Project staff observations supported these self-reports. These women were proud of the economic contributions they were making to their families, and glad to have the independence to spend it in ways they chose. The skills they acquired opened new doors for them. One promoter was hired as an instructor for a local literacy project, and two others found jobs as office staff members at the Workers Center. All of the promoters were invited to attend and speak at a conference in Nashville, Tennessee, to help design promoter programs elsewhere. The trip, with JUSTA and CBO staff, offered the promoters additional opportunities for independence and for demonstrating their recently acquired skills and knowledge.
Promoters experienced a number of challenges. These started at home where husbands of female promoters at first resisted their promoter activities outside the home or were concerned about their interactions with other men. The promoters often scheduled times to meet with workers, only to be “stood up” or to find that the workers had other obligations. Some workers would not participate out of fear that their employer would find out and retaliate against them. In some cases where the workers spoke an indigenous language, the workers' Spanish skills were not adequate to really understand abstract information about workers' rights.
Partnership members who trained and supervised the promoters also encountered challenges. Because the promoters were largely nontraditional learners and learned at different speeds, supervisors had to learn to limit the amount of information given to them at any one time. Once promoters had mastered a task, they could move on to the next task. For example, the promoters needed to learn what information they should record about their activities, and then learn how to organize it into notes. Flexibility was also important, working around the promoters' schedules to meet with them, as well as understanding their personal problems and how these might affect their productivity. These meetings kept the promoters focused on their work and held them accountable for putting in the time they had promised.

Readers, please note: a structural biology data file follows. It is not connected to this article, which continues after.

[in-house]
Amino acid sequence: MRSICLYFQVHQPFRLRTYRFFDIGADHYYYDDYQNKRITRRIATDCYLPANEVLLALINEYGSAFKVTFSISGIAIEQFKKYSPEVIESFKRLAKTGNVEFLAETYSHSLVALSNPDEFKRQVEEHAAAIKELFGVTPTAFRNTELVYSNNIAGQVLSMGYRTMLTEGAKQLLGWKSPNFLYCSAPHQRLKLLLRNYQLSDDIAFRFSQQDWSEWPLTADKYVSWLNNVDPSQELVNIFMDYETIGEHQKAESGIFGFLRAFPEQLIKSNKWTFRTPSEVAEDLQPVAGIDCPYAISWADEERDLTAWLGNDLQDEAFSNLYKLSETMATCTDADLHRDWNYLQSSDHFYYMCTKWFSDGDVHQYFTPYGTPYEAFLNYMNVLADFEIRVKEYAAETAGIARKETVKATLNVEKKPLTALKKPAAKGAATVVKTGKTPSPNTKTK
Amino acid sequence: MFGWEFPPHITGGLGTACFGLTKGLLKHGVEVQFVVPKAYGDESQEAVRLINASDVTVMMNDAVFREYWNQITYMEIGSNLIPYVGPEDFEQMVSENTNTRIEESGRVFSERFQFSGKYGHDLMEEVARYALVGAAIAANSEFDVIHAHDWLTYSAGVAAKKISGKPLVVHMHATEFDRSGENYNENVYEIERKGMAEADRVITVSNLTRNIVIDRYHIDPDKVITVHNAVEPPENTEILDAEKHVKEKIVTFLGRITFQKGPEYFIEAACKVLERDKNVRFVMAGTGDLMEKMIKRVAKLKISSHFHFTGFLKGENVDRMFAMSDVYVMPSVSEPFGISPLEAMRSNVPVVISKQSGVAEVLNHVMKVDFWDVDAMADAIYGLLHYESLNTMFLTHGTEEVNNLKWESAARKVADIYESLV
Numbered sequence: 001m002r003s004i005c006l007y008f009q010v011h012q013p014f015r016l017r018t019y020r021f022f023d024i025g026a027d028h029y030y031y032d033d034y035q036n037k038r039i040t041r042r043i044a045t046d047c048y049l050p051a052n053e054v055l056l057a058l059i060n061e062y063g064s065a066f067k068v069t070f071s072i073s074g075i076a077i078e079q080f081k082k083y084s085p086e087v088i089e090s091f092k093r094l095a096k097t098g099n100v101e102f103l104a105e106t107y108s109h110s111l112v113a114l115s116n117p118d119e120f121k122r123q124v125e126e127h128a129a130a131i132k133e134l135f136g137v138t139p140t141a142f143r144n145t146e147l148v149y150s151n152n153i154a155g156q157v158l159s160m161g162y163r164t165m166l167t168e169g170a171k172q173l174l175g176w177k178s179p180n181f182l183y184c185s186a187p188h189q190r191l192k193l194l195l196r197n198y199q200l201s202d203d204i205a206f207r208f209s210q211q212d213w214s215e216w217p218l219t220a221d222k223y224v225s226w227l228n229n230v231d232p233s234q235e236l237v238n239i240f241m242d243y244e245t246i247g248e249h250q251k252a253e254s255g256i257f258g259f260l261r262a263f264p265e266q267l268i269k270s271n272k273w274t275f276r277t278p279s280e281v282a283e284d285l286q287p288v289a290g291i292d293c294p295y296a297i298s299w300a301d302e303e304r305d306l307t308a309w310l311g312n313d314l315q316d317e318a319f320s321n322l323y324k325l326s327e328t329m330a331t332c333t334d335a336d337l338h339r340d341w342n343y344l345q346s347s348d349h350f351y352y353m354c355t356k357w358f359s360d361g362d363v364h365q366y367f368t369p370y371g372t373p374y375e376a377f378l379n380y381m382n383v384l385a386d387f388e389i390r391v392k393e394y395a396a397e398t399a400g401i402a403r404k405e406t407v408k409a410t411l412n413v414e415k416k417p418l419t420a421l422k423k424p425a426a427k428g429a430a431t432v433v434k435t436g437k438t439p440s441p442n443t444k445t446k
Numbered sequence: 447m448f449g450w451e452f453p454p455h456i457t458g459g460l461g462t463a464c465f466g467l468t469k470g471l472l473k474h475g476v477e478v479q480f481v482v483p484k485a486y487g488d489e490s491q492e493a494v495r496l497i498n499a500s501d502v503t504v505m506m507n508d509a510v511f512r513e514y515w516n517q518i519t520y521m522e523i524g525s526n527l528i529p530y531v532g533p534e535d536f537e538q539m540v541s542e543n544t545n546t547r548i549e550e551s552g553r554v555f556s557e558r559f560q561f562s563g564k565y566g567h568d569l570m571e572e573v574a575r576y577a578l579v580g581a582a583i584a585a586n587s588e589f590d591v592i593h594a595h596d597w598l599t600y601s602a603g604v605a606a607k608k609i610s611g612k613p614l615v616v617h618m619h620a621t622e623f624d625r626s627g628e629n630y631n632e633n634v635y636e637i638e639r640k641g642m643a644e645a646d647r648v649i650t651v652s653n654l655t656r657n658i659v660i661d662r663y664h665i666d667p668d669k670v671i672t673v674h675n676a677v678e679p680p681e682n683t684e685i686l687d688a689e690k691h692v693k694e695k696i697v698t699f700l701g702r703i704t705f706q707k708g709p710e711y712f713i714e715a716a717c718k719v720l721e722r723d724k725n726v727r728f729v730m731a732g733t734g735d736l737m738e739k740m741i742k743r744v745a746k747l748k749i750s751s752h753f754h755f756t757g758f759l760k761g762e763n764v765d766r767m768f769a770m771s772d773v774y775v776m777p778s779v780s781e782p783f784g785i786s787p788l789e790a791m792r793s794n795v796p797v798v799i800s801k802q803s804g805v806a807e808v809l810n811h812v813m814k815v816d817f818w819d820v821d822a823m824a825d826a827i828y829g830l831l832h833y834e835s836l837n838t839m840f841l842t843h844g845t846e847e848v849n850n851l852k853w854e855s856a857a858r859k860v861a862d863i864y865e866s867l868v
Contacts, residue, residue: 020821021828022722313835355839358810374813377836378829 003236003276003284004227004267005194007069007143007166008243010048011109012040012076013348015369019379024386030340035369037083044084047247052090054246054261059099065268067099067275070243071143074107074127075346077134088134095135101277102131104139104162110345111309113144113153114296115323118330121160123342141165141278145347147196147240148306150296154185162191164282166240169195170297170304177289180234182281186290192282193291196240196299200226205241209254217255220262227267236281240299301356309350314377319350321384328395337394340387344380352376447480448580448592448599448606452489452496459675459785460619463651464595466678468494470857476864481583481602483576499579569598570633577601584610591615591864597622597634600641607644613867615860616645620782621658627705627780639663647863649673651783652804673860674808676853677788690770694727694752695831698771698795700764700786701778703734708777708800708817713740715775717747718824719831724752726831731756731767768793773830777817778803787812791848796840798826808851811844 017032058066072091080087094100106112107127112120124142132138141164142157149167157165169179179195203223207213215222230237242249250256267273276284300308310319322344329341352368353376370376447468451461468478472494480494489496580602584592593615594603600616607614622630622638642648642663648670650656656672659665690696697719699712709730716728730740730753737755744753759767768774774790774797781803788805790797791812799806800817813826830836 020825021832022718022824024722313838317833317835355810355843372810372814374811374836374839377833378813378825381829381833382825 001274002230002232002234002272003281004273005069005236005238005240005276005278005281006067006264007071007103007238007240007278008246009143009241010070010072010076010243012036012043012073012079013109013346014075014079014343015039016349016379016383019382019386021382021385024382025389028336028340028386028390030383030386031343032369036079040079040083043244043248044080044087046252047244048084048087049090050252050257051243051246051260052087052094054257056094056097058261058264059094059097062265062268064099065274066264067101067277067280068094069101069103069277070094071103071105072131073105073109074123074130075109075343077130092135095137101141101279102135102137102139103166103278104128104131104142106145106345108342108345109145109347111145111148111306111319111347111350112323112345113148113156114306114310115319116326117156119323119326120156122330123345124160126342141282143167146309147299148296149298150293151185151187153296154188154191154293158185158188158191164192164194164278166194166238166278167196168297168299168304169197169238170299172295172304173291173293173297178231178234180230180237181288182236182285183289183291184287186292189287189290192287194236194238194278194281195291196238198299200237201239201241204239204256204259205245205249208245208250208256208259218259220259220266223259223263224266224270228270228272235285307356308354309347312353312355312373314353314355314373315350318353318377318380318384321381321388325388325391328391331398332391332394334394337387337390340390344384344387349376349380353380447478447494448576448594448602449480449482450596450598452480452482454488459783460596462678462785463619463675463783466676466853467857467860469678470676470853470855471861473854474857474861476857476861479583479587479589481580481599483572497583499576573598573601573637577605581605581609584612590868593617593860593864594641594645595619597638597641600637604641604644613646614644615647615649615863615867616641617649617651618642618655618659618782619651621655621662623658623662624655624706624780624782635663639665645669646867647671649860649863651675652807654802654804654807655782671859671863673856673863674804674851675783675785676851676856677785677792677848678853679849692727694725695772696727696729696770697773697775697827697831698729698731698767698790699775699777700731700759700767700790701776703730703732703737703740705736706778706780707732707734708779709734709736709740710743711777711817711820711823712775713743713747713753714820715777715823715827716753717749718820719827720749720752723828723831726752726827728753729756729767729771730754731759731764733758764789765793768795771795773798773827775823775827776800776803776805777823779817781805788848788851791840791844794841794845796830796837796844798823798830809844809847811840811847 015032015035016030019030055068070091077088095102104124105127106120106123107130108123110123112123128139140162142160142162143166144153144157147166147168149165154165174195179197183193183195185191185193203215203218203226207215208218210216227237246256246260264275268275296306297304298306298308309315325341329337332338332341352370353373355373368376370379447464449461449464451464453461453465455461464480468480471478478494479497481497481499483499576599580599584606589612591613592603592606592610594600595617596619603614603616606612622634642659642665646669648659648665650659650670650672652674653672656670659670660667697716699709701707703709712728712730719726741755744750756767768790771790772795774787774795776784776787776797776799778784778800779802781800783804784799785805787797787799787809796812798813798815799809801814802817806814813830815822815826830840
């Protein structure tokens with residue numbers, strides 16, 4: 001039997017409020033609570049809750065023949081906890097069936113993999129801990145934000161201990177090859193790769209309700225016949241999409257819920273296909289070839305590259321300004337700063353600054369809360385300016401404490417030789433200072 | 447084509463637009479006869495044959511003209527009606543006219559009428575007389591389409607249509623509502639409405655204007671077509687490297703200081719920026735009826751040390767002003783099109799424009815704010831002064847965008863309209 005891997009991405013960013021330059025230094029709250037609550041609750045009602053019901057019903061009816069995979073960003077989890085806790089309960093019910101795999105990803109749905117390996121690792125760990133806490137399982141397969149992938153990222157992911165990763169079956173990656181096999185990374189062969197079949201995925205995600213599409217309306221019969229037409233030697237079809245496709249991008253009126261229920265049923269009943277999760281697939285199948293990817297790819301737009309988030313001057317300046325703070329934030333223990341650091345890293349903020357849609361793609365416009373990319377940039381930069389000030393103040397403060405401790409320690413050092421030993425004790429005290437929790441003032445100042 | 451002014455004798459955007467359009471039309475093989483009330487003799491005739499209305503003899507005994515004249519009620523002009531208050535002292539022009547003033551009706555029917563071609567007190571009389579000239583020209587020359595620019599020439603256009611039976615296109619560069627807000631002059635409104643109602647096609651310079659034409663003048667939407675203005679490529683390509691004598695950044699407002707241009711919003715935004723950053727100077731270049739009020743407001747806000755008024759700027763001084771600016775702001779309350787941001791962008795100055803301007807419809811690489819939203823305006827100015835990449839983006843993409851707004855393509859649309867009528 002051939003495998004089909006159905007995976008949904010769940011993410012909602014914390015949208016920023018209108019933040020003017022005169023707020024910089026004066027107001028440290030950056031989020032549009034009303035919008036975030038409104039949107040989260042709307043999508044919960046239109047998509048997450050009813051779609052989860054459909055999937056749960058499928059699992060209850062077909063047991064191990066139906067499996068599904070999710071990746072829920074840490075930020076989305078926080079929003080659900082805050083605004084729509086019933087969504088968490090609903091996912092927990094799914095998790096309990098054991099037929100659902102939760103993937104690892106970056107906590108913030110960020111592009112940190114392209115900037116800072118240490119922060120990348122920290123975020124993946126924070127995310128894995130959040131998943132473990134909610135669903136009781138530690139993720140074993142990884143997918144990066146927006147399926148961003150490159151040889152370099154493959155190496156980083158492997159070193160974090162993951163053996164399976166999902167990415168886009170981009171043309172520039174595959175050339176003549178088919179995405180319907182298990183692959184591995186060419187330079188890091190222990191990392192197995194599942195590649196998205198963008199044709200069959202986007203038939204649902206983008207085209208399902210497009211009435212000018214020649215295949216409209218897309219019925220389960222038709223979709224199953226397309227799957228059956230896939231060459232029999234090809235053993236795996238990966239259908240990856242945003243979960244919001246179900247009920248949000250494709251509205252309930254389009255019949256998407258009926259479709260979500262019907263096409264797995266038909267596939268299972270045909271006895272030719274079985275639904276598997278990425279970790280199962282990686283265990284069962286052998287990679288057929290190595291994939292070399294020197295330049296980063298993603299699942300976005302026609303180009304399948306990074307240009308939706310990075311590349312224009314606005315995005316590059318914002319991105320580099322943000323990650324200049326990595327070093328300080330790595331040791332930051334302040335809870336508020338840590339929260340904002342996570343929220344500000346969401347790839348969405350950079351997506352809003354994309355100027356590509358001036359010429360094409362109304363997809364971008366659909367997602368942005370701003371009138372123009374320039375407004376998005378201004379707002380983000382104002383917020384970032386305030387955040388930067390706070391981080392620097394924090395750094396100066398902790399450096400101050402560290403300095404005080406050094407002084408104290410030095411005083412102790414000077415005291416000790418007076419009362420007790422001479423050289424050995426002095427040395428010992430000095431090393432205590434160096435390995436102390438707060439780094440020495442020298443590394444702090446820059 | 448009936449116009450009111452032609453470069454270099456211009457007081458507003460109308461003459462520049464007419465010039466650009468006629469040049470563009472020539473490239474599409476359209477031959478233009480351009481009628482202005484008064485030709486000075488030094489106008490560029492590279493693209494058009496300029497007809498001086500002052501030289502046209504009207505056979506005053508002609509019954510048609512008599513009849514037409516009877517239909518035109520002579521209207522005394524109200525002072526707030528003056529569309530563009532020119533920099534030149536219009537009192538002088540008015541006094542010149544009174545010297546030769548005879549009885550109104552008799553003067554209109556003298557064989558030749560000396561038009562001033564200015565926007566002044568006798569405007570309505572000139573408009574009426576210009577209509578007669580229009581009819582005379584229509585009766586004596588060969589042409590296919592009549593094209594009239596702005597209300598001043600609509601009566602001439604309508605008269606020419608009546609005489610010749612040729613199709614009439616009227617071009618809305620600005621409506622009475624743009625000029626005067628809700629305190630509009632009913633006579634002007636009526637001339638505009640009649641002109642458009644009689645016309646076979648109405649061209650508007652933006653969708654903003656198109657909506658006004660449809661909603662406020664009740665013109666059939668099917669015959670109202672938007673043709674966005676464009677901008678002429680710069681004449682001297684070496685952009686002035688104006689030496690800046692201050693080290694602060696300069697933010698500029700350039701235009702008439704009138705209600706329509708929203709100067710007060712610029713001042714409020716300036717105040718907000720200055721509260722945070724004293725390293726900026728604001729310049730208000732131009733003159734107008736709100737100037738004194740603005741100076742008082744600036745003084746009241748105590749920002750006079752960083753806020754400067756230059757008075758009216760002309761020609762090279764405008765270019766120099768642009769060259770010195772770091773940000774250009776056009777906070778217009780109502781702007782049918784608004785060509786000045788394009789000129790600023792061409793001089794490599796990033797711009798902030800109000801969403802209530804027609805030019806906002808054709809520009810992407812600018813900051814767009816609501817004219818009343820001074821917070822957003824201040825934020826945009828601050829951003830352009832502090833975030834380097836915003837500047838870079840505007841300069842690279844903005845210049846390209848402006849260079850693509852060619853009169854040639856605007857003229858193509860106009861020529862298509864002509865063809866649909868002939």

Because being a promoter was a new venture for all of the women, supervisors learned that frequent praise for their accomplishments helped bolster the promoters' self-esteem. Supervisors had to help the promoters stay up-to-date with important local, state, and national events affecting immigrants, as participants frequently asked promoters questions about these events. Finally, supervisors had to realize that the promoters were not wholly driven by altruism. The honorarium that they received, while small, was critical for their participation in the program. The money represented independence from their husbands and gave them a sense of accomplishment. Because of the importance of the honorarium, it was usually not possible to ask them to commit extra hours in a week (e.g., for training) and also deliver the lessons.